Language Matters - Genre Analysis: Expert Advice - Job Interviews


The following are all examples of websites giving expert advice on performing well in job interviews. Find as many typical genre features as possible – you can count a feature as typical if you can find examples from at least two or three of the sites. You may want to consider layout and content but you should be able to find at least five linguistic features.

Look only at the information on the page linked to. Ignore all links from that page, pop-ups etc. You'll find a suggested answer below.








a. Text divided into short, easy to read sections each with a heading in large bold font indicating the topic of the section.  Examples : texts 2 to 5

b. Photographs illustration the topic(s) of the text included at the top and/or side..  Examples : texts 2,3 and 4.



a. Advice on behaviour recommended or to be avoided when facing a job interview. Examples: all texts

b. Examples of model answers to specific interview questions or on specific topics. Examples :  Texts 3, 4 and 5


Linguistic features

a. Use of interrogative forms to indicate the topic of the section, either in the heading or the first sentence. Examples :

2. You’ve received a call for that dream job, so how do you prepare for the interview? 

3. What time should I arrive at my interview?

4. What steps did you take to achieve the goals outlined in the task? 


b. Use of imperative to give advice.  Examples:

2. Read and review the job description very thoroughly 

3. On arrival put your phone on silent mode, make conversation with the receptionist and take in your surroundings

5. Don’t be late!


c. Use of various exponents indicating  recommendations and advice. Examples :

1. …one of the most important things to consider is how you are going to get there.

3. … it’s a good idea to think ahead to some likely topics that might come up,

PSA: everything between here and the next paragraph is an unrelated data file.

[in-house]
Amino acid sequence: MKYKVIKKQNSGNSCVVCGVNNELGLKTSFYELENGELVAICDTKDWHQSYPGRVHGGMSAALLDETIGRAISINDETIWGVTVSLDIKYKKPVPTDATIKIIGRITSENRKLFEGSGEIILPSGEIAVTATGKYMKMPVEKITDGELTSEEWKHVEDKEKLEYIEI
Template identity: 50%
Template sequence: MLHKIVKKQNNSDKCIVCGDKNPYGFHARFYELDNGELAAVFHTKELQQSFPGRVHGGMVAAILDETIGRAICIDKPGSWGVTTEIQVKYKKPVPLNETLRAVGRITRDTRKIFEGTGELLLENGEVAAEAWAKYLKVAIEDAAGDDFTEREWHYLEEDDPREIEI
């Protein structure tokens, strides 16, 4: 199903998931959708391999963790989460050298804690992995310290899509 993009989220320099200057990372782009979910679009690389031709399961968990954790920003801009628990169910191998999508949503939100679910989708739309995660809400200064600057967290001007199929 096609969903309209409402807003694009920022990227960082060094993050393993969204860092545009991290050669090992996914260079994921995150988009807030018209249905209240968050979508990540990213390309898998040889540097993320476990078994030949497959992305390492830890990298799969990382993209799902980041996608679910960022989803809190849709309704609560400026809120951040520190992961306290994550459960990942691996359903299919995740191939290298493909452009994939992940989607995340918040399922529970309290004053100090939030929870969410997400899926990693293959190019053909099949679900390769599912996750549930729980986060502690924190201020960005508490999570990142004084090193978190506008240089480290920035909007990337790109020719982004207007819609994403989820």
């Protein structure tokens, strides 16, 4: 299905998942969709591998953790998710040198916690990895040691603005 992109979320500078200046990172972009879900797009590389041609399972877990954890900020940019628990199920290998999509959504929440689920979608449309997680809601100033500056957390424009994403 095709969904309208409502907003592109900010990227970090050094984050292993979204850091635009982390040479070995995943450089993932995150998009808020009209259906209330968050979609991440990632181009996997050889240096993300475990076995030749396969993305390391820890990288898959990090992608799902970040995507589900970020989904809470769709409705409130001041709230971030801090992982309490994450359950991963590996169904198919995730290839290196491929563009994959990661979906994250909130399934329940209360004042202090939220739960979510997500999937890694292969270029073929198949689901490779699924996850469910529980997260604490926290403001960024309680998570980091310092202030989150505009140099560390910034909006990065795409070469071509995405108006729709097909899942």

4. … Your answer should focus on what you did personally 


d. Use of second person pronouns and determiners to address the reader directly.  Examples:

2. Before your video interview make sure your technology is up to date and working.

3. …  it's important to make sure you arrive early enough to allow yourself time to settle in

4. Your answer should focus on what you did personally. 


e. Style : Contractions used to give a conversational feel to the text.  Examples:

1.  I don't think it's wrong to have that information on hand, in case you'd like to reference it during your discussion.

3. … it’s all about smiling confidently, shaking hands firmly, making eye contact and generally looking as if you’re glad to be there

5. As we’ve mentioned, this is one of the most common interview questions.


f. Use of discourse markers to indicate relationships between ideas, typical of expository text.

1. However, it is not a good idea to bring notes on how you plan to respond to certain interview questions. For instance, if you've prepared short stories…

3. Similarly, it’s a good idea to have two or three key points that you want to make about what you have to offer and what you’re looking for – for example, ‘I’m ready for the challenge of managing a team’,

6. Therefore, interviewers have heard this answered time and time again. 


However, there is frequent use of co-ordinating conjunctions at the beginning of a sentence rather than more formal sentence adverbials such as those above, in line with the more conversational style described in point e above. Examples :

3. ….has your potential employer been in the news recently? Or could you ask about… 

5. But there is an opportunity for you in that ambiguity


g. If clauses with present tense verb forms (simple, continuous or perfect) – Examples :

1. …if you've done some research on the organization, I don't think it's wrong to have that information on hand…

2. If you're wondering how to dress for an interview, you're not alone.

3.  But if you don’t come across as having a firm grasp of the company and why it’s hiring, the interviewer can only conclude that …